Unsurprisingly, sandwiches are a cornerstone of the new version of The Byron Corner Store. There’s a greater choice of bread than 15 years ago but otherwise the options are not that different. ‘We’re keeping it fairly old school,’ says Leif. ‘You can get a simple salad sandwich for less than $6.’

The sangas are supplemented by specials – a pulled pork and apple slaw roll on the day I visited. Coffee is a strong point, including a coffee window facing Jonson Street that opens bright and early for passing foot traffic.

There’s much more passing traffic than 15 years ago. ‘This end of the street was like the end of the world – it was this and the newsagent, then nothing,’ recalls Lachie. Now, the Byron Corner store, located in the Disson’s building (the Disson family still own the building), is pretty much in the centre of town. If you like your sandwiches ‘old school’, it might just become the centre of your world.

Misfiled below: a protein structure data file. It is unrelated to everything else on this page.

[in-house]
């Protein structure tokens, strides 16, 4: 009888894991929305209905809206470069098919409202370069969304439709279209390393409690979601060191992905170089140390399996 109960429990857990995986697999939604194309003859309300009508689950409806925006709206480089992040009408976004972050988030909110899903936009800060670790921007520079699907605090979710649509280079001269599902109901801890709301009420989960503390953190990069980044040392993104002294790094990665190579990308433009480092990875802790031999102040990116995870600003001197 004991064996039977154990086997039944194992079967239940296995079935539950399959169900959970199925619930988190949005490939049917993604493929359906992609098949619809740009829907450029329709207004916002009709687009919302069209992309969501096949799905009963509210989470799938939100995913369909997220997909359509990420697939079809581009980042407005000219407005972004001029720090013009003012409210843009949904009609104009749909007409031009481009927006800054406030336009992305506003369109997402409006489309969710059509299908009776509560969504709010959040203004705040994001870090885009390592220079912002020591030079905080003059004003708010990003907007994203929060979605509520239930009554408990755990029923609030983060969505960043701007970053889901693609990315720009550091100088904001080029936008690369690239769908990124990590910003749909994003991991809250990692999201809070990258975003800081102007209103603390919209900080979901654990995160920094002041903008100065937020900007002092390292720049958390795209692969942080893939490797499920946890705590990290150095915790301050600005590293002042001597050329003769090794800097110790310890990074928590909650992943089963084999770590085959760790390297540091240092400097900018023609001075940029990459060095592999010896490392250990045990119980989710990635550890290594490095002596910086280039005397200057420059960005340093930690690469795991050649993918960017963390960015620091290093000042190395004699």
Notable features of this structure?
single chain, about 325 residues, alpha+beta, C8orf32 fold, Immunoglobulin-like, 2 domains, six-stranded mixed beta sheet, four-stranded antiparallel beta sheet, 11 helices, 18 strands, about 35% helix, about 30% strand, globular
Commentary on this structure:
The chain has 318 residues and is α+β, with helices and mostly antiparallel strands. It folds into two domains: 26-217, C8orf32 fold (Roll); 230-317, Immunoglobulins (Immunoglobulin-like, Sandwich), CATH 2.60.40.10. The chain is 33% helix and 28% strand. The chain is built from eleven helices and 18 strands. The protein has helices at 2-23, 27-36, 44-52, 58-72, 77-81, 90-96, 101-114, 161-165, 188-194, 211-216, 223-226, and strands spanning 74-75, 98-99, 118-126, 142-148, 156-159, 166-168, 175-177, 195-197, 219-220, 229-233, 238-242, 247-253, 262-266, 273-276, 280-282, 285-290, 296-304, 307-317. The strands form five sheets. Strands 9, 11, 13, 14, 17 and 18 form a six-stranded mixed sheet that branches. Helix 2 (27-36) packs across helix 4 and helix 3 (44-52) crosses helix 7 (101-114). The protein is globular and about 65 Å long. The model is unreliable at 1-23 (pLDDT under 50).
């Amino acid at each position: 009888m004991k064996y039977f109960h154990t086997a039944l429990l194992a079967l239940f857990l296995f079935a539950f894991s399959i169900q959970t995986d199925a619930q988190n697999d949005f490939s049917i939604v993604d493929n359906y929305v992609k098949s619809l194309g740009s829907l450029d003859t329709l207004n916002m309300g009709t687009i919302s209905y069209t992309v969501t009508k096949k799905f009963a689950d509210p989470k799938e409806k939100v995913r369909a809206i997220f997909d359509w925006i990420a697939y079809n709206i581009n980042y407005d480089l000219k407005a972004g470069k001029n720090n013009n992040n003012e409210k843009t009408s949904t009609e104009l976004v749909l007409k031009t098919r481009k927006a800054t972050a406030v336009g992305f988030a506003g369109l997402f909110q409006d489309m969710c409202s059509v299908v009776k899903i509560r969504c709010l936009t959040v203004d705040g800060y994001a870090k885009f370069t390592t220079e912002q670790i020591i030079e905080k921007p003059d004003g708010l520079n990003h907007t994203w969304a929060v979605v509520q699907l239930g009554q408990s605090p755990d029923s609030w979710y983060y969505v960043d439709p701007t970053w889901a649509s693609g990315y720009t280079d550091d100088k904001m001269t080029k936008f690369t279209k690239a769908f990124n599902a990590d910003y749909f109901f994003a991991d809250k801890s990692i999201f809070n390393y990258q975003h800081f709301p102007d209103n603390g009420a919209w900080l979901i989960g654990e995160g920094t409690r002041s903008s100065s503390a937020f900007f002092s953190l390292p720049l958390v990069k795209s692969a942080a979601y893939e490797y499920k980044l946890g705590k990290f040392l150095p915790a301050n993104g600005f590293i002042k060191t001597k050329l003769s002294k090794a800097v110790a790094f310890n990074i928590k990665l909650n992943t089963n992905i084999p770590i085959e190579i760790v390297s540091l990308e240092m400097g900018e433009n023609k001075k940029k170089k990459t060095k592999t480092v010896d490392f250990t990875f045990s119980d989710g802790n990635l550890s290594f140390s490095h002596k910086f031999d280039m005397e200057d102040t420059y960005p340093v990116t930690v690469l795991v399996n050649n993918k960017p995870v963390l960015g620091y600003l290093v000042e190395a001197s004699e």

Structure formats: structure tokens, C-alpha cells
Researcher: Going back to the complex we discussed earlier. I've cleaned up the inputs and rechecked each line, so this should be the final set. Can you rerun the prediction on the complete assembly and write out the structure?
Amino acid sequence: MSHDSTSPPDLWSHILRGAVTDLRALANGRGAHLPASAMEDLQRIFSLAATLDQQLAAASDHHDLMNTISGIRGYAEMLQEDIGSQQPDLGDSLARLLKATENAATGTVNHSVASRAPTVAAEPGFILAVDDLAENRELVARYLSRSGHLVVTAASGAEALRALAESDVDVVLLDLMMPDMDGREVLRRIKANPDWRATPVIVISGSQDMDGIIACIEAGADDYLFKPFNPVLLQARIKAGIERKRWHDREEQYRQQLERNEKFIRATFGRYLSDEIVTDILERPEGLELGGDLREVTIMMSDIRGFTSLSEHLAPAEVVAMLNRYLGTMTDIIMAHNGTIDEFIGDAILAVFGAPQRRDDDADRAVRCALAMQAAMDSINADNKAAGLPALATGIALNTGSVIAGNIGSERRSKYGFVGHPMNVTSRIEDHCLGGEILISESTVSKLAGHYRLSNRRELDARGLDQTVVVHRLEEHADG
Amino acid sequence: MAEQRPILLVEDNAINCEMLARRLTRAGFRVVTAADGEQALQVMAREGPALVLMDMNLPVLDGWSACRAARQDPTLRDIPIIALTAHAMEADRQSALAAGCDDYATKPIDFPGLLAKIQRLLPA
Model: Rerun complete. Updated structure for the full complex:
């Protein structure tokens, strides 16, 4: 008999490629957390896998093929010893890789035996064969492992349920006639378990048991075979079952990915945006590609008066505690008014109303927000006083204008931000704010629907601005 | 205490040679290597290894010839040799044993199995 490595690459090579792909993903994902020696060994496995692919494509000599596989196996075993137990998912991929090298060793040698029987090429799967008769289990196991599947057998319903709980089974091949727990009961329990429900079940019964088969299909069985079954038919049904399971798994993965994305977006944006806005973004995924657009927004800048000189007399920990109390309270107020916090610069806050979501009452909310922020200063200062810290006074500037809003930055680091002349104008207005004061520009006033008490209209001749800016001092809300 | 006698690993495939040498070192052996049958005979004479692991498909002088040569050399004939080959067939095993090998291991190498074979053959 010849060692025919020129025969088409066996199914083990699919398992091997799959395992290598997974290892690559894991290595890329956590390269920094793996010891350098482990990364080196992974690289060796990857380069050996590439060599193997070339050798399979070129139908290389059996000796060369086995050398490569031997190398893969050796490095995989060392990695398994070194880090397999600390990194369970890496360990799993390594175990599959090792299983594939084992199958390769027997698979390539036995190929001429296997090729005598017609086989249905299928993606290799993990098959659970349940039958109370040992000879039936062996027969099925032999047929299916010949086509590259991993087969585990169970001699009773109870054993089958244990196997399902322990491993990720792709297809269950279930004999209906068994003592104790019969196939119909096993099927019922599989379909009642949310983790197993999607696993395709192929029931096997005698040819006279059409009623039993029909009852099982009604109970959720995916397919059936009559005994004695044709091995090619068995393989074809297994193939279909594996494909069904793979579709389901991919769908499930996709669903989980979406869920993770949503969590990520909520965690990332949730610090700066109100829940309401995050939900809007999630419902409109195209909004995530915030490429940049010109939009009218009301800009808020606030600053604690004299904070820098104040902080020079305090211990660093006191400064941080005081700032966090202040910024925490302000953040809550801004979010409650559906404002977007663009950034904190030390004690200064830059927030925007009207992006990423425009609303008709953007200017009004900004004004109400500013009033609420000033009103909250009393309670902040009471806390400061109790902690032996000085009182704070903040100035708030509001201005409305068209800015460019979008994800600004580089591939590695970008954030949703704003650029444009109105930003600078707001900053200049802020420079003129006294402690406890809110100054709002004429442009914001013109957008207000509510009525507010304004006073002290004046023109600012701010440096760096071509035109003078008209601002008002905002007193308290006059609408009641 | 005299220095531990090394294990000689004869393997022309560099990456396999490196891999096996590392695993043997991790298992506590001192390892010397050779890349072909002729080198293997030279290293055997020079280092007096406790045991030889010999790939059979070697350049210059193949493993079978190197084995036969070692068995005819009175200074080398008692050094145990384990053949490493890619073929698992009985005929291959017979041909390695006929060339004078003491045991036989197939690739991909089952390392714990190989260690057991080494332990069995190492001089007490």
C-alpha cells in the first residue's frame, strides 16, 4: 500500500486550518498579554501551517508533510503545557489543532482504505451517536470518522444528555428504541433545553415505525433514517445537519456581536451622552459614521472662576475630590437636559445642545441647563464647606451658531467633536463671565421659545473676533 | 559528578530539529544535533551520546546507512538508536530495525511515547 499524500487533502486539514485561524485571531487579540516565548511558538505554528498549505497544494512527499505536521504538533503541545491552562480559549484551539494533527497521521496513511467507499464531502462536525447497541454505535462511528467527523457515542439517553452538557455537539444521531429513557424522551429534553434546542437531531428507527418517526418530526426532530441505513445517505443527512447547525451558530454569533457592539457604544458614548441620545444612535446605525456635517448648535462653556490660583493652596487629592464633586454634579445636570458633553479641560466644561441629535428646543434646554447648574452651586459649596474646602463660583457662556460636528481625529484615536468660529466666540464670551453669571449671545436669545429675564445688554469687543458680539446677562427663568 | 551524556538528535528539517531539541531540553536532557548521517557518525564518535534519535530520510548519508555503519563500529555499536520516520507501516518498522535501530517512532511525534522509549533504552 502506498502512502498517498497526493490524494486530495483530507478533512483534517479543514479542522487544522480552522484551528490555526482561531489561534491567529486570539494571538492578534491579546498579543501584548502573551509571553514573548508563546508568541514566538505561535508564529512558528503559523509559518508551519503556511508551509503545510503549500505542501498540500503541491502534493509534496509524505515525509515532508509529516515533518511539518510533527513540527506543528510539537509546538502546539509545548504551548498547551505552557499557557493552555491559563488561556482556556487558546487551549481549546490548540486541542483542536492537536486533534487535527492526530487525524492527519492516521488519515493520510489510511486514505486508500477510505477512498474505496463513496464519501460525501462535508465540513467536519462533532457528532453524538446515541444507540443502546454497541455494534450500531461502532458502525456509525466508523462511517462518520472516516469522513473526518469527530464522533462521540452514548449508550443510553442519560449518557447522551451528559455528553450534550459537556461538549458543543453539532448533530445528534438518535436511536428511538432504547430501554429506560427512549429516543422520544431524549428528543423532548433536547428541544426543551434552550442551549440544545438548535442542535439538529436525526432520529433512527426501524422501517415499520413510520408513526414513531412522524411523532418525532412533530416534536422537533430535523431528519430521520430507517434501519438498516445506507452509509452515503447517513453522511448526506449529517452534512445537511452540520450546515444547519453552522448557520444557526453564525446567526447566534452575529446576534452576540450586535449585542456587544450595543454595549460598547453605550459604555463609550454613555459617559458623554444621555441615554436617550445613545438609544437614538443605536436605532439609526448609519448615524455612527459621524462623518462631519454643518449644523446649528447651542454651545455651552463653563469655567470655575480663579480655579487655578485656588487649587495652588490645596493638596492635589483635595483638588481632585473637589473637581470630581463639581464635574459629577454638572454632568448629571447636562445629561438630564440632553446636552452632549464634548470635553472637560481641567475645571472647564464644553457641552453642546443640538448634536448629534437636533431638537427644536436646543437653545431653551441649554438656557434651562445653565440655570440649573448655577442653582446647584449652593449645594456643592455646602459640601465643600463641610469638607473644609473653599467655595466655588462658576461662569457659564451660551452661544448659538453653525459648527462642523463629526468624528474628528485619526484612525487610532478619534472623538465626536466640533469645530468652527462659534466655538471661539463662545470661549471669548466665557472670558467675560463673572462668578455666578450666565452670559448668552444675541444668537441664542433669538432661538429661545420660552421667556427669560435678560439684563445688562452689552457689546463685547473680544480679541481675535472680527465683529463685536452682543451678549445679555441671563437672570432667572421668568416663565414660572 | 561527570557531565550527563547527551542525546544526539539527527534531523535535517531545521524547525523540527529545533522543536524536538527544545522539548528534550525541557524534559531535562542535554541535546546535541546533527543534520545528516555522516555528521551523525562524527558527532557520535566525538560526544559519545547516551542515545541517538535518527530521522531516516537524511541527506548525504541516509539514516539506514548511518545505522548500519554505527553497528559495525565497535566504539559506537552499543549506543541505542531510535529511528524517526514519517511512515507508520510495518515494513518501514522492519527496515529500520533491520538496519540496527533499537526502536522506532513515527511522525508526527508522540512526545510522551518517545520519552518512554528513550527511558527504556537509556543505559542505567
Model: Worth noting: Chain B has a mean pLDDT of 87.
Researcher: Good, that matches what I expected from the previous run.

Corner of Jonson and Byron Streets, Byron Bay. Facebook: @byroncornerstore 

reif-and-lachie-hand


Support The Echo

Keeping the community together and the community voice loud and clear is what The Echo is about. More than ever we need your help to keep this voice alive and thriving in the community.

Like all businesses we are struggling to keep food on the table of all our local and hard working journalists, artists, sales, delivery and drudges who keep the news coming out to you both in the newspaper and online. If you can spare a few dollars a week – or maybe more – we would appreciate all the support you are able to give to keep the voice of independent, local journalism alive.